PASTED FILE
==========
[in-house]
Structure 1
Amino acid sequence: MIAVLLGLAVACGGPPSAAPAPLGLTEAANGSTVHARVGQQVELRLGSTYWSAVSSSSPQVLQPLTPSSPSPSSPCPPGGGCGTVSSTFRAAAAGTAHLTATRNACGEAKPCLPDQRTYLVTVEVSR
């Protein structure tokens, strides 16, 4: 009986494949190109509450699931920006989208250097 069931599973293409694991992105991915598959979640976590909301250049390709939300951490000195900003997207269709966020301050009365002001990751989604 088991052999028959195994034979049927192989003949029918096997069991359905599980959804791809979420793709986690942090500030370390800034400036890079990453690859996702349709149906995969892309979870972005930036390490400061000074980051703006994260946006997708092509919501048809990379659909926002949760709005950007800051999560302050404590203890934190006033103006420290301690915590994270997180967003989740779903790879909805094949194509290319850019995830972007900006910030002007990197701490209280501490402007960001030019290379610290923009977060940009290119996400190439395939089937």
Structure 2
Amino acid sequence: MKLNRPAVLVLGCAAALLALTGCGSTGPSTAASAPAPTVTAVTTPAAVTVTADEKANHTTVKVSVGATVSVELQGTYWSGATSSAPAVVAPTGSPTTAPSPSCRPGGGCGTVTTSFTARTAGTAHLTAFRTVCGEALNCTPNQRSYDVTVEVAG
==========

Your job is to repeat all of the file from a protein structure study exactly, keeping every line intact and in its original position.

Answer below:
[in-house]
Structure 1
Amino acid sequence: MIAVLLGLAVACGGPPSAAPAPLGLTEAANGSTVHARVGQQVELRLGSTYWSAVSSSSPQVLQPLTPSSPSPSSPCPPGGGCGTVSSTFRAAAAGTAHLTATRNACGEAKPCLPDQRTYLVTVEVSR
């Protein structure tokens, strides 16, 4: 009986494949190109509450699931920006989208250097 069931599973293409694991992105991915598959979640976590909301250049390709939300951490000195900003997207269709966020301050009365002001990751989604 088991052999028959195994034979049927192989003949029918096997069991359905599980959804791809979420793709986690942090500030370390800034400036890079990453690859996702349709149906995969892309979870972005930036390490400061000074980051703006994260946006997708092509919501048809990379659909926002949760709005950007800051999560302050404590203890934190006033103006420290301690915590994270997180967003989740779903790879909805094949194509290319850019995830972007900006910030002007990197701490209280501490402007960001030019290379610290923009977060940009290119996400190439395939089937």
Structure 2
Amino acid sequence: MKLNRPAVLVLGCAAALLALTGCGSTGPSTAASAPAPTVTAVTTPAAVTVTADEKANHTTVKVSVGATVSVELQGTYWSGATSSAPAVVAPTGSPTTAPSPSCRPGGGCGTVTTSFTARTAGTAHLTAFRTVCGEALNCTPNQRSYDVTVEVAG